Traditionally, a tenant's invited guest carries the same privileges as the tenant to make use of lease states otherwise. Arbee v. Collins, 219 Ga App 63, 65, 463 S.E.2d 922, 925 (1995) (citing Restatement (Second) of Torts § 189 (1974)). According to Restatement (Second) of Torts § 189 (1974,
“(1) A lessee of premises is privileged to be at reasonable times and in a reasonable manner on those portions of the premises retained in the possession of the lessor which are maintained or held open by him for the common use of his tenants * * *.
“(2) Persons entering the premises in the right of the tenant have the same privilege as is stated in Subsection (1).”
Under the common law, landlords cannot prevent a tenant's guest from entering an 20 apartment complex's common areas. See State v.. Dixon, 169 Vt 15, 18, 725 A.2d 920, 922 (1999) (“The common law is clear that the landlord may not prevent invitees or licensees of the tenant from entering the tenant's premises by passing through the common area.”); L.D.L. v. State, 569 So.2d 1310, 1312–13 (Fla Dist Ct App 1990) (concluding that a person who is expressly forbidden from entering the common area of a housing complex is not guilty of criminal trespass if invited by a tenant); City of Bremerton v. Widell, 146 Wash 2d 561, 571, 51 P3d 733, 738, cert den, 537 U.S. 1007 (2002) (recognizing the common-law rule that a landlord may not prevent invitees or licensees of the tenant from entering the tenant's premises by passing through the common areas but holding that a defendant may exceed the scope of the invitation onto the common areas by wandering in areas distant from the inviting tenant's apartment). However, a tenant's right to invite guests may be restricted by the terms of her lease. See Restatement at § 189 comment c(“The privilege stated in this Section is subject to the terms of the lease, and may be increased or diminished by express or implied agreement.”); Widell, 146 Wash 2d at 572 n 2, 51 P3d at 739 (recognizing a landlord's legitimate concerns in public housing and noting that landlords can limit a tenant's rights to invite guests through the terms of the lease).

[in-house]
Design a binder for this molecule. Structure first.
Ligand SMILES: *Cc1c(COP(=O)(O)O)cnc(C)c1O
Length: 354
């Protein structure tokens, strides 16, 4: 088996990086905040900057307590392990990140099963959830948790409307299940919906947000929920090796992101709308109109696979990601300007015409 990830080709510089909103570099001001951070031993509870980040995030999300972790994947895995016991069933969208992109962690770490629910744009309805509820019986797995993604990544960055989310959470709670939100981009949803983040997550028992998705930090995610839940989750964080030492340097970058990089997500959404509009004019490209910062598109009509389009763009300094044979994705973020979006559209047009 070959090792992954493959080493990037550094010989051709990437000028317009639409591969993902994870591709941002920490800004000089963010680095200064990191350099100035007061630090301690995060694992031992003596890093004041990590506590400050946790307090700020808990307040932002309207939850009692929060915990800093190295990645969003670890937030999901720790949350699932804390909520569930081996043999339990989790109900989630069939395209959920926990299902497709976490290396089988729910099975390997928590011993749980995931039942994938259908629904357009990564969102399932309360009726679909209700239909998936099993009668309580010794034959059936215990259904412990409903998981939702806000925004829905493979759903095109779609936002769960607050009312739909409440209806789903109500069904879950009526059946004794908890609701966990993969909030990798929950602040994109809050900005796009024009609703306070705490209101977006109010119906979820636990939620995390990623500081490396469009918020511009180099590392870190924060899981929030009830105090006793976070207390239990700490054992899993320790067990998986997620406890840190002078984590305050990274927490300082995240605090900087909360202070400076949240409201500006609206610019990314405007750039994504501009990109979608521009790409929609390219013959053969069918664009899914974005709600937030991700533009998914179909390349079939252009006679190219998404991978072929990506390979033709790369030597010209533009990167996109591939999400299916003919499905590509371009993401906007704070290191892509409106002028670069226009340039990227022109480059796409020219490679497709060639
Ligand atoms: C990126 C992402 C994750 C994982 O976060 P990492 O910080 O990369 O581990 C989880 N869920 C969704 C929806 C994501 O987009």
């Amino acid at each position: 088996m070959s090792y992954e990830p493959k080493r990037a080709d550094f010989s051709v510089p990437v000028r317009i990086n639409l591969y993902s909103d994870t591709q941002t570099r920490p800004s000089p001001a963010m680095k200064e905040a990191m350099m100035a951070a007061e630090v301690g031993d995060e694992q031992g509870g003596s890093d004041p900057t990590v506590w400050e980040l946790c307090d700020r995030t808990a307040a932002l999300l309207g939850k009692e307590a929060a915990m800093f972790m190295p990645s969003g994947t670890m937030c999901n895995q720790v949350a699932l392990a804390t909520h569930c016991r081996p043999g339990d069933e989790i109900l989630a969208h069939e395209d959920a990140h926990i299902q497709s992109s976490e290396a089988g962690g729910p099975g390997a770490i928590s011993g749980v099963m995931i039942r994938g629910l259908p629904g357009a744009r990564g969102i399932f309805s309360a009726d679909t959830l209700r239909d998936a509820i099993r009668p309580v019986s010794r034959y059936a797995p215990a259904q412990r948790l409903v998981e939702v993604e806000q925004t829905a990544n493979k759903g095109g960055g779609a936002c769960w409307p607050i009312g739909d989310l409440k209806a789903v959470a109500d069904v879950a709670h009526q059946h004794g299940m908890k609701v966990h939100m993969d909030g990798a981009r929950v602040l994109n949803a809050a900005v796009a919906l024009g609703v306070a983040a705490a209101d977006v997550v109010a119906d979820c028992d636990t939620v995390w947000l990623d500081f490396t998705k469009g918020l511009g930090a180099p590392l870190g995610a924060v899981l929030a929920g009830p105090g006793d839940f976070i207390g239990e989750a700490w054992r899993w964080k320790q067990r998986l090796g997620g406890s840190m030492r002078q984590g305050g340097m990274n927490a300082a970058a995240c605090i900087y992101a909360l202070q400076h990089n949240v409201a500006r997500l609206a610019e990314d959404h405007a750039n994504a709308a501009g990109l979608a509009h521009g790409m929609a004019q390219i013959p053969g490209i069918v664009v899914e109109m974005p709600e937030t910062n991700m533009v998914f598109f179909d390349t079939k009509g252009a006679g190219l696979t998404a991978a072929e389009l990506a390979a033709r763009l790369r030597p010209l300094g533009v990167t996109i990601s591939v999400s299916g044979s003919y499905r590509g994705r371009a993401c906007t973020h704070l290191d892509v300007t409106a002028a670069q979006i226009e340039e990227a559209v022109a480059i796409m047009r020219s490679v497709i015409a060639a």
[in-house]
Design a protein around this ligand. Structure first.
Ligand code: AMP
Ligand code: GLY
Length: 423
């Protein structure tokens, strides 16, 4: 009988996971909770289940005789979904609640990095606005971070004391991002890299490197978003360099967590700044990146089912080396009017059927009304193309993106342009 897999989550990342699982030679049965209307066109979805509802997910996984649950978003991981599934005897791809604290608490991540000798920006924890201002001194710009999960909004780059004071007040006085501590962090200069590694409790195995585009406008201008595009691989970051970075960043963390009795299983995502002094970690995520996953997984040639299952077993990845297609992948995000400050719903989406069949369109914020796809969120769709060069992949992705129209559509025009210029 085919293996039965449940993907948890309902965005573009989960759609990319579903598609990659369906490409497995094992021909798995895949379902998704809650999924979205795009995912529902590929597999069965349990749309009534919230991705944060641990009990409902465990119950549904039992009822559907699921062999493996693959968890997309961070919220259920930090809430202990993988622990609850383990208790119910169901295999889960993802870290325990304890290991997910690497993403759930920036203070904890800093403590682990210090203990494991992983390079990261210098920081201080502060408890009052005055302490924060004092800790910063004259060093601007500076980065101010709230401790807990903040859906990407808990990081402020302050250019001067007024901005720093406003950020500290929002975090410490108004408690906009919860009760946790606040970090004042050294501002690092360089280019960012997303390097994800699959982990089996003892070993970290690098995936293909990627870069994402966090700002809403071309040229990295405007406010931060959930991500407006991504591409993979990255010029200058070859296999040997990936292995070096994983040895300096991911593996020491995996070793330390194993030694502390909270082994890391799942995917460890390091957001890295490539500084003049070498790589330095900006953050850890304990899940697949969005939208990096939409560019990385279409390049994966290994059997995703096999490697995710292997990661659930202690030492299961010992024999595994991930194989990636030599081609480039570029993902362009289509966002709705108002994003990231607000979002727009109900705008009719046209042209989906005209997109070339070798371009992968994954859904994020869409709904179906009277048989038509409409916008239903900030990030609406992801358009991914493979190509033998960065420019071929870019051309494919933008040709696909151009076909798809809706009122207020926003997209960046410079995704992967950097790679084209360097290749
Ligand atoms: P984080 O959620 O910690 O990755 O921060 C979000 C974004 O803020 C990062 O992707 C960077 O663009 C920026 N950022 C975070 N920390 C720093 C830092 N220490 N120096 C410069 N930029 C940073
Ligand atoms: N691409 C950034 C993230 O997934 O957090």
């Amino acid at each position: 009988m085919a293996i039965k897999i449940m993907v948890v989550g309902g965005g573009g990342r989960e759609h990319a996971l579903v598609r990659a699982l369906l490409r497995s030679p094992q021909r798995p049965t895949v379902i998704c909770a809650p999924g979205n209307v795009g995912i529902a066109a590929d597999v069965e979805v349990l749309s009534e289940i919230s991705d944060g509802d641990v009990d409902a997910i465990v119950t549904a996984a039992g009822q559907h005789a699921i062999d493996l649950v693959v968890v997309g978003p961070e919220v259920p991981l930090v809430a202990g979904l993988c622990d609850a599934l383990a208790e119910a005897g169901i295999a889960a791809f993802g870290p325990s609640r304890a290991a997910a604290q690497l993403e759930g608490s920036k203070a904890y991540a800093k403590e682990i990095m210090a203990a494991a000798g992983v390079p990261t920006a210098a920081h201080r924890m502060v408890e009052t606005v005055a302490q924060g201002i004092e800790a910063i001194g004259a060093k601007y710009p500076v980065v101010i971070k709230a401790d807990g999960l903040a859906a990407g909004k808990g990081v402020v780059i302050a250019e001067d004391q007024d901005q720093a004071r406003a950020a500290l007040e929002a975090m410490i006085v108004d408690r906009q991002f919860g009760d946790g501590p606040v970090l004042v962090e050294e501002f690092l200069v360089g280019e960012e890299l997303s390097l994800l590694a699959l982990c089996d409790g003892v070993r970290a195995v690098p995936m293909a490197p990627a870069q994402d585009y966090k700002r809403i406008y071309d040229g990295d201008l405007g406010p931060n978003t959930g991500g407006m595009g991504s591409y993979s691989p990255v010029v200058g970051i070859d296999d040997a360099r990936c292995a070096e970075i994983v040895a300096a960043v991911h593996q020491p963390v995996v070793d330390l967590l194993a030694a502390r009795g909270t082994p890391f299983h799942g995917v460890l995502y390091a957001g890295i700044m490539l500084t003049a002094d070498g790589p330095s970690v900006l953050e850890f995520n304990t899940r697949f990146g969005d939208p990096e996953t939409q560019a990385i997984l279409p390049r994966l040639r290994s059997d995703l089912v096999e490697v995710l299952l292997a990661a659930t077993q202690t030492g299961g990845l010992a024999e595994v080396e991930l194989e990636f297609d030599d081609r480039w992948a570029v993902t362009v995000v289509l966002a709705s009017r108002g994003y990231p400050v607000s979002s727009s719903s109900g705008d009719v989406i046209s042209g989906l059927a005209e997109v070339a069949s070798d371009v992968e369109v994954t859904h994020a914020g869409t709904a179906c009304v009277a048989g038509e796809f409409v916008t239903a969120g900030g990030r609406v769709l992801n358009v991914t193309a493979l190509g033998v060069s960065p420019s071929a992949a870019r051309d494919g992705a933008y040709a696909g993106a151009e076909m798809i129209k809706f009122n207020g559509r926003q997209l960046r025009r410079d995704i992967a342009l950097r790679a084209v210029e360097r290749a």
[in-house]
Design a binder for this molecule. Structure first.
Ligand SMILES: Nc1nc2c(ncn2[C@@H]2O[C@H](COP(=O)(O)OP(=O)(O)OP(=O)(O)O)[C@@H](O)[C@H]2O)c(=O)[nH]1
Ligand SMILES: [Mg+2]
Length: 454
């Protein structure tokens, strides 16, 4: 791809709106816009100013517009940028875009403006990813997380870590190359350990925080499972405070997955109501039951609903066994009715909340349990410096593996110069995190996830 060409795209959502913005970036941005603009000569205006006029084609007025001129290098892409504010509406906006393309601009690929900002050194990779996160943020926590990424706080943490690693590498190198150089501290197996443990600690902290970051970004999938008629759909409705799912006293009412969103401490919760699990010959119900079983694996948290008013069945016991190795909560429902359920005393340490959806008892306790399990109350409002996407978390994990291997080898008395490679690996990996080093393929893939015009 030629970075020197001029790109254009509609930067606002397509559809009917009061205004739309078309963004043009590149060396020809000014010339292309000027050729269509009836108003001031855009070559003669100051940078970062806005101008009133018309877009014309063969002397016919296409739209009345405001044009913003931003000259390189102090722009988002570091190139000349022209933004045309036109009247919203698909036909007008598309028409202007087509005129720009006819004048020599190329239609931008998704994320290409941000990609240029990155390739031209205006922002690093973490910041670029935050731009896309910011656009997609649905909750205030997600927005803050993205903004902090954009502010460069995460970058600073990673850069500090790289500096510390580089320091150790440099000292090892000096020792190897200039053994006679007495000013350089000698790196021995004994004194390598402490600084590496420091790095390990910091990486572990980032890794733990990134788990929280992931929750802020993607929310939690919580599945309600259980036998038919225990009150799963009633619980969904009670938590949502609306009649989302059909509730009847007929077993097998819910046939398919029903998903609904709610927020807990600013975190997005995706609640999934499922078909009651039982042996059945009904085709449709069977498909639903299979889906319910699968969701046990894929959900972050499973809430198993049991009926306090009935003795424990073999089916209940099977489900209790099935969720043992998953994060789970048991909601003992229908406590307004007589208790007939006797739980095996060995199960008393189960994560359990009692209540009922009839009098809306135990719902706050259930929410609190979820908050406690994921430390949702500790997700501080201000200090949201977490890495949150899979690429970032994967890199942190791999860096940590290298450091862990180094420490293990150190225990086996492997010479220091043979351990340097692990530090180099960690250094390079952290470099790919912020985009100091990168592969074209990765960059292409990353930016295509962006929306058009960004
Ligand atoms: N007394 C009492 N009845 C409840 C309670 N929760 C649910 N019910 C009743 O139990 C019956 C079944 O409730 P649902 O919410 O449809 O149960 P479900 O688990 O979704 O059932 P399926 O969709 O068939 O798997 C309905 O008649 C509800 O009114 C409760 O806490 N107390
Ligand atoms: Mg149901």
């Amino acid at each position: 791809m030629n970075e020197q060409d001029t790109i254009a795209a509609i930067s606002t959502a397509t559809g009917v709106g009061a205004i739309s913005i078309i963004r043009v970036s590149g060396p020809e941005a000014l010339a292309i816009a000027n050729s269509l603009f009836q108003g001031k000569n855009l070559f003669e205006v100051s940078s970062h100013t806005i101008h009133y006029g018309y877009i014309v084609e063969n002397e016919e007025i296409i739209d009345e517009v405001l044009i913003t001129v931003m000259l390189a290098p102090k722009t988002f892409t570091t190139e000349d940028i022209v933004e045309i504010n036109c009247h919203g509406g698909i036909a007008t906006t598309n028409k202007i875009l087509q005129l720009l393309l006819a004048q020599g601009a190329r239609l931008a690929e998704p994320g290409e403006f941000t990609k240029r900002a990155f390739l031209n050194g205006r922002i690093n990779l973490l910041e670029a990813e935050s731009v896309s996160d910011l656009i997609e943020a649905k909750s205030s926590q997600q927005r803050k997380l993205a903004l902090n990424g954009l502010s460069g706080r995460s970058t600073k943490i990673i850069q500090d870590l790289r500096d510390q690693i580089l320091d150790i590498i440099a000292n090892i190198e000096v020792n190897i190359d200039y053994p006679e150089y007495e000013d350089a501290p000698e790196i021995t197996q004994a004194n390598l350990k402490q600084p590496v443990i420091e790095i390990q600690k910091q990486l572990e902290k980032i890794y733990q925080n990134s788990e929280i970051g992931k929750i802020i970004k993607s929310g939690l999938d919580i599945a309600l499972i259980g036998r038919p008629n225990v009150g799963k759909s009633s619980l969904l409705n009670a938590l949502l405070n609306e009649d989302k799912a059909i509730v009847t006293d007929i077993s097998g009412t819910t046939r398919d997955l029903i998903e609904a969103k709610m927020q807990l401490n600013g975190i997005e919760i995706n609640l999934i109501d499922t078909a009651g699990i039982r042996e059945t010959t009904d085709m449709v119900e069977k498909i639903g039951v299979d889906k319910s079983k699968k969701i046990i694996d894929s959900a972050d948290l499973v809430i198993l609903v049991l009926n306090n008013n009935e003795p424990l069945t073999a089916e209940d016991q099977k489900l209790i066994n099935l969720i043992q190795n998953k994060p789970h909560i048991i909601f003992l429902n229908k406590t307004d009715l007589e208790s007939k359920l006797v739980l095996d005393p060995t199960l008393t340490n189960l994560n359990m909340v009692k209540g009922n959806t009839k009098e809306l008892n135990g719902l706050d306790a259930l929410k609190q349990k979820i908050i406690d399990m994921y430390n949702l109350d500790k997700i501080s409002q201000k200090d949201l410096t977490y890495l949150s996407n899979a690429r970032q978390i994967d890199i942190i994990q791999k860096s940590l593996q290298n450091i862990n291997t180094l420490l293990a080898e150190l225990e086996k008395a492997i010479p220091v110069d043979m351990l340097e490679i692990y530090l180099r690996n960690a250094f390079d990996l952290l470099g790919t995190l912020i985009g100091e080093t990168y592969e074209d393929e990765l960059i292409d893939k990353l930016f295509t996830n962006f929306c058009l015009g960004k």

The facts in cases such as L.D.L. and Dixon are like those in this case, where the defendant guest of a tenant has been prosecuted for criminal trespass for being in the common area at the tenant's invitation after the landlord expressly prohibited the defendant from entering the property. In L.D.L., a housing complex gave police the authority to issue no trespass notices and to arrest persons loitering on the property who were not residents. 569 So.2d at 1311. Police issued a no-trespass notice to the defendant, who later returned to the common area of the property to visit a friend. Id. He was charged and convicted of trespass. Id. at 1312. The Florida Court of Appeals reversed the conviction, holding that a person who comes upon the premises at the invitation of a tenant, although expressly forbidden by the landlord, is not liable for criminal trespass. Id. at 1312–13.
In Dixon, the defendant was charged with criminal trespass for standing in the common area of an apartment complex after the apartment manager issued her a notice against trespass. 169 Vt at 16, 725 A.2d at 921. The defendant argued that a tenant invited her onto the premises, while the state responded that the tenant's invitation was superseded by the manager's prohibition. Id. Noting the common law of trespass, the Vermont Supreme Court reversed the criminal conviction because the state failed to prove that the defendant was not on the premises by invitation of the tenant. Id. at 19, 725 A.2d at 923.
Applying common-law principles of trespass, we hold that the tenant, Flynn, had the authority to invite guests to the common areas of the apartment complex. Flynn exercised that authority when he invited defendant to visit him. The state did not introduce evidence that the lease agreement limited Flynn's authority to invite guests. Because defendant was cleaning Flynn's car in the parking lot, an activity within the scope of his invitation, defendant was privileged to be in the parking lot, and the state failed to establish that defendant was not lawfully on the premises. Therefore, the trial court erred by denying defendant's motion for a judgment of acquittal.